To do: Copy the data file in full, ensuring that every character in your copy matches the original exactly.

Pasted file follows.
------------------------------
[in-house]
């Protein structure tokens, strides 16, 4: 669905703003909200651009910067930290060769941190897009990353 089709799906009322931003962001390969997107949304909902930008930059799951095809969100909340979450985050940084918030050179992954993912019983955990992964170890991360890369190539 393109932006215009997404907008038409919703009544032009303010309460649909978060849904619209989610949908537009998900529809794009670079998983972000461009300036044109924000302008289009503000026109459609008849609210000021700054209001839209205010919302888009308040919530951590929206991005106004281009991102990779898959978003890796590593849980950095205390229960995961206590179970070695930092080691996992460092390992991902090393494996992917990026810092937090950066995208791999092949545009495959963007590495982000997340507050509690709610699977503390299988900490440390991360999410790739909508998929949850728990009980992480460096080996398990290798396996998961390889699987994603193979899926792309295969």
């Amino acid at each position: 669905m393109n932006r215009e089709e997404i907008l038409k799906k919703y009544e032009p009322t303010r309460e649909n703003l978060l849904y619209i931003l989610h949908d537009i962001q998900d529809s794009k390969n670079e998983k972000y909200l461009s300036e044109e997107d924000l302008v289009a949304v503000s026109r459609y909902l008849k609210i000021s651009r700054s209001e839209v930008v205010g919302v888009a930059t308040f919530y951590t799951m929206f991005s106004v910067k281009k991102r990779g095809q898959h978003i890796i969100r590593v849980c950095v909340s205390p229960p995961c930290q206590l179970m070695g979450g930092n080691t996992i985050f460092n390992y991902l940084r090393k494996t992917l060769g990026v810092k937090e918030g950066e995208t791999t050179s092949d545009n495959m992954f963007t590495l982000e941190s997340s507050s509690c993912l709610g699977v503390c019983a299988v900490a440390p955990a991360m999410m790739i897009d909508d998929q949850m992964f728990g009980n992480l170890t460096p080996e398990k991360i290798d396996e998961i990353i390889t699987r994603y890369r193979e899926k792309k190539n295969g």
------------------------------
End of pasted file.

[in-house]
């Protein structure tokens, strides 16, 4: 669905703003909200651009910067930290060769941190897009990353 089709799906009322931003962001390969997107949304909902930008930059799951095809969100909340979450985050940084918030050179992954993912019983955990992964170890991360890369190539 393109932006215009997404907008038409919703009544032009303010309460649909978060849904619209989610949908537009998900529809794009670079998983972000461009300036044109924000302008289009503000026109459609008849609210000021700054209001839209205010919302888009308040919530951590929206991005106004281009991102990779898959978003890796590593849980950095205390229960995961206590179970070695930092080691996992460092390992991902090393494996992917990026810092937090950066995208791999092949545009495959963007590495982000997340507050509690709610699977503390299988900490440390991360999410790739909508998929949850728990009980992480460096080996398990290798396996998961390889699987994603193979899926792309295969």
């Amino acid at each position: 669905m393109n932006r215009e089709e997404i907008l038409k799906k919703y009544e032009p009322t303010r309460e649909n703003l978060l849904y619209i931003l989610h949908d537009i962001q998900d529809s794009k390969n670079e998983k972000y909200l461009s300036e044109e997107d924000l302008v289009a949304v503000s026109r459609y909902l008849k609210i000021s651009r700054s209001e839209v930008v205010g919302v888009a930059t308040f919530y951590t799951m929206f991005s106004v910067k281009k991102r990779g095809q898959h978003i890796i969100r590593v849980c950095v909340s205390p229960p995961c930290q206590l179970m070695g979450g930092n080691t996992i985050f460092n390992y991902l940084r090393k494996t992917l060769g990026v810092k937090e918030g950066e995208t791999t050179s092949d545009n495959m992954f963007t590495l982000e941190s997340s507050s509690c993912l709610g699977v503390c019983a299988v900490a440390p955990a991360m999410m790739i897009d909508d998929q949850m992964f728990g009980n992480l170890t460096p080996e398990k991360i290798d396996e998961i990353i390889t699987r994603y890369r193979e899926k792309k190539n295969g």